Rupiah Climbs Most This Week Since February as Rupee Declines

Photographer: Dimas Ardian/Bloomberg

Official results for Indonesia's presidential election will be announced by July 22. Close

Official results for Indonesia's presidential election will be announced by July 22.

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Photographer: Dimas Ardian/Bloomberg

Official results for Indonesia's presidential election will be announced by July 22.

The rupiah led gains in Asia and had its biggest weekly rally in five months on signs Joko Widodo won Indonesia’s presidential race, while South Korea’s won and India’s rupee declined.

Widodo, known locally as Jokowi, had about a five percentage point lead, according to unofficial counts from two survey companies that declared him the winner of the July 9 vote, a projection disputed by his opponent, Prabowo Subianto. Official results will be announced by July 22. Most Asian currencies declined yesterday after signs of financial distress in Portugal fueled demand for the safety of the dollar.

“We can see a further rally after the final result, even if much of the expectation for Jokowi’s win has been priced in,” said David Sumual, chief economist at PT Bank Central Asia in Jakarta. “The focus will turn to the new cabinet.”

The rupiah gained 2.5 percent this week to 11,590 per dollar yesterday in Jakarta, the most since the five days ended Feb. 14, prices from local banks show. The won weakened 1 percent to 1,018.92 and the rupee dropped 0.3 percent to 59.9350. The Bloomberg JPMorgan Asia Dollar Index fell 0.1 percent yesterday and was little changed this week.

Foreign money managers have plowed $4.6 billion into Indonesian shares since December, surpassing the full-year record, on optimism Widodo will replicate nationally the success he had as Jakarta governor in cutting red tape and increasing tax revenue.

Korea, India

The Bank of Korea reduced its 2014 expansion projection on July 10 to 3.8 percent from 4 percent even as it held its benchmark rate at 2.5 percent. There is a possibility of a rate cut this quarter, Nomura Holdings Inc. and Goldman Sachs Group Inc. said in reports July 10. The won fell 0.5 percent yesterday, data compiled by Bloomberg shows.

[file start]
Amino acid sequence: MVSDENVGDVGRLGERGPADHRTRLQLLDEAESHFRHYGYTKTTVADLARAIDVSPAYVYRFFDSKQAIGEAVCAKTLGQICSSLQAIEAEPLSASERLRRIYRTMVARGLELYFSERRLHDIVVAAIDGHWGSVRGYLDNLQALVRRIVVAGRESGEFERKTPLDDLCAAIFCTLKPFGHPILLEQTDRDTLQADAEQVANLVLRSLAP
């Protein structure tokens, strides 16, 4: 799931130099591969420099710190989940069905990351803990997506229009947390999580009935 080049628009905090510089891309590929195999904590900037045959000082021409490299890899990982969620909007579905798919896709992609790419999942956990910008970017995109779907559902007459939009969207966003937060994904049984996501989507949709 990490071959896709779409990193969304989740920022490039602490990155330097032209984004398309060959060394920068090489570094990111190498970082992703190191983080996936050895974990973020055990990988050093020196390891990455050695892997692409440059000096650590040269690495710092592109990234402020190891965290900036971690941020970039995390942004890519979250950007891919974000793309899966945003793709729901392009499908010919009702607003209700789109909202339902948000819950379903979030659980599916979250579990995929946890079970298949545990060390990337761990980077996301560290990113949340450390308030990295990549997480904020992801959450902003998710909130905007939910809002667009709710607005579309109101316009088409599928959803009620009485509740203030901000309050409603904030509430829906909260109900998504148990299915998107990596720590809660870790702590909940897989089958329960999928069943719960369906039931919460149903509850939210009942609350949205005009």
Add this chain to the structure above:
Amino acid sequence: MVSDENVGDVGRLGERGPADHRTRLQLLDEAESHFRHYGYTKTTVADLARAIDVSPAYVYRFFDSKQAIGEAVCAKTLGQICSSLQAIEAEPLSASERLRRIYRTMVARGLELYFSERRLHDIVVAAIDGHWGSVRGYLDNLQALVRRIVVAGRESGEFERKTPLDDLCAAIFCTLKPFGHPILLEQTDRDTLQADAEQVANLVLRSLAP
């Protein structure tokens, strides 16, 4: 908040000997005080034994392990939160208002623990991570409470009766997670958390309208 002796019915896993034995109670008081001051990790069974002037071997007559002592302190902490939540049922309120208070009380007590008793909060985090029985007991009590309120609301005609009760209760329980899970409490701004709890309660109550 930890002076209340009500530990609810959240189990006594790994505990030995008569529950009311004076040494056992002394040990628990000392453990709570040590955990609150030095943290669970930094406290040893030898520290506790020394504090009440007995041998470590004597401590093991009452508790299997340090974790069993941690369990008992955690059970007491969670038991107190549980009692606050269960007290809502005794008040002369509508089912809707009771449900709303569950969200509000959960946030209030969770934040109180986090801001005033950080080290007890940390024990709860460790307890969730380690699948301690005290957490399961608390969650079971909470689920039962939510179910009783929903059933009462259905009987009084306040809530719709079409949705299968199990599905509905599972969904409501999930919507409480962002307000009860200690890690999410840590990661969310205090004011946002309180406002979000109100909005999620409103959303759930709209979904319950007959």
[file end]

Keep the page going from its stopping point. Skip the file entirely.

“Rate-cut speculation will weaken the won or ease its appreciation pressure,” said Park Daebong, a Seoul-based currency trader for Nonghyup Bank. “There will be some unwinding of dollar short positions on Portugal concerns.” A short position is a bet an asset will fall in value.

A parent of Banco Espirito Santo SA, Portugal’s second-largest lender, missed debt payments this week. That sparked renewed concern over the European banking system, overshadowing Indian Finance Minister Arun Jaitley’s plan to achieve the lowest budget deficit since 2008.

The yuan was little changed at 6.2037 this week, China Foreign Exchange Trade System prices show. China is committed to reducing currency intervention as conditions allow, according to a joint statement with the U.S. after the Strategic and Economic Dialogue in Beijing ended July 10. U.S. Treasury Secretary Jacob J. Lew called the pledge a “big change.”

Elsewhere in Asia, Thailand’s baht rose 0.7 percent from July 4 to 32.158 per dollar and the Malaysian ringgit was steady at 3.1858. The Philippine peso and Taiwanese dollar weakened 0.2 percent to 43.552 and NT$29.99 respectively, while Vietnam’s dong gained 0.4 percent to 21,200.

To contact the reporters on this story: Kyoungwha Kim in Singapore at kkim19@bloomberg.net; Yudith Ho in Jakarta at yho35@bloomberg.net

To contact the editors responsible for this story: James Regan at jregan19@bloomberg.net Andrew Janes

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